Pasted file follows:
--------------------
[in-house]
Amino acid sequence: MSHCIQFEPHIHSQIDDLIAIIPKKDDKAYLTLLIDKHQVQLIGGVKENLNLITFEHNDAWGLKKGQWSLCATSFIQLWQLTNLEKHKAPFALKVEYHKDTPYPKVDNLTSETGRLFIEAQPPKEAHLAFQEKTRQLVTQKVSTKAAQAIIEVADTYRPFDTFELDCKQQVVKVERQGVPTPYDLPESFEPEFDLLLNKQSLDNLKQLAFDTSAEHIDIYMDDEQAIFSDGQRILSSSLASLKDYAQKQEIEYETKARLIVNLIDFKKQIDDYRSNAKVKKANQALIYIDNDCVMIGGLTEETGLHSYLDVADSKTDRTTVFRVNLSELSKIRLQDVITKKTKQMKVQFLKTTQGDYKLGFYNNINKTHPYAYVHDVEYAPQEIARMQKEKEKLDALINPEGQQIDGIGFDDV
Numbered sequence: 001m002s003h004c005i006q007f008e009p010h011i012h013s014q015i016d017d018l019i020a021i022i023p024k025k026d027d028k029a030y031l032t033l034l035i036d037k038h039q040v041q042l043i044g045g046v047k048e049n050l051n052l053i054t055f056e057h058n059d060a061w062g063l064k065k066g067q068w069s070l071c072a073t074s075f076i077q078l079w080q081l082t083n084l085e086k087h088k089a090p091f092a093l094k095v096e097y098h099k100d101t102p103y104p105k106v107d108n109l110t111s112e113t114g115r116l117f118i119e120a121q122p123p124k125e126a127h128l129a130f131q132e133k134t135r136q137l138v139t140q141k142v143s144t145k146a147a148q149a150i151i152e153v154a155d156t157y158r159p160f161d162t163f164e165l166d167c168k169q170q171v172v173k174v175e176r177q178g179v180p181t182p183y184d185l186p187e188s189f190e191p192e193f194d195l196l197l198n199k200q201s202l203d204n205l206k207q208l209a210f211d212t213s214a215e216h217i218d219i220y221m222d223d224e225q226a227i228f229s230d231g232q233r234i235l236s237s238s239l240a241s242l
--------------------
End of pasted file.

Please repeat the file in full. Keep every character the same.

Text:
[in-house]
Amino acid sequence: MSHCIQFEPHIHSQIDDLIAIIPKKDDKAYLTLLIDKHQVQLIGGVKENLNLITFEHNDAWGLKKGQWSLCATSFIQLWQLTNLEKHKAPFALKVEYHKDTPYPKVDNLTSETGRLFIEAQPPKEAHLAFQEKTRQLVTQKVSTKAAQAIIEVADTYRPFDTFELDCKQQVVKVERQGVPTPYDLPESFEPEFDLLLNKQSLDNLKQLAFDTSAEHIDIYMDDEQAIFSDGQRILSSSLASLKDYAQKQEIEYETKARLIVNLIDFKKQIDDYRSNAKVKKANQALIYIDNDCVMIGGLTEETGLHSYLDVADSKTDRTTVFRVNLSELSKIRLQDVITKKTKQMKVQFLKTTQGDYKLGFYNNINKTHPYAYVHDVEYAPQEIARMQKEKEKLDALINPEGQQIDGIGFDDV
Numbered sequence: 001m002s003h004c005i006q007f008e009p010h011i012h013s014q015i016d017d018l019i020a021i022i023p024k025k026d027d028k029a030y031l032t033l034l035i036d037k038h039q040v041q042l043i044g045g046v047k048e049n050l051n052l053i054t055f056e057h058n059d060a061w062g063l064k065k066g067q068w069s070l071c072a073t074s075f076i077q078l079w080q081l082t083n084l085e086k087h088k089a090p091f092a093l094k095v096e097y098h099k100d101t102p103y104p105k106v107d108n109l110t111s112e113t114g115r116l117f118i119e120a121q122p123p124k125e126a127h128l129a130f131q132e133k134t135r136q137l138v139t140q141k142v143s144t145k146a147a148q149a150i151i152e153v154a155d156t157y158r159p160f161d162t163f164e165l166d167c168k169q170q171v172v173k174v175e176r177q178g179v180p181t182p183y184d185l186p187e188s189f190e191p192e193f194d195l196l197l198n199k200q201s202l203d204n205l206k207q208l209a210f211d212t213s214a215e216h217i218d219i220y221m222d223d224e225q226a227i228f229s230d231g232q233r234i235l236s237s238s239l240a241s242l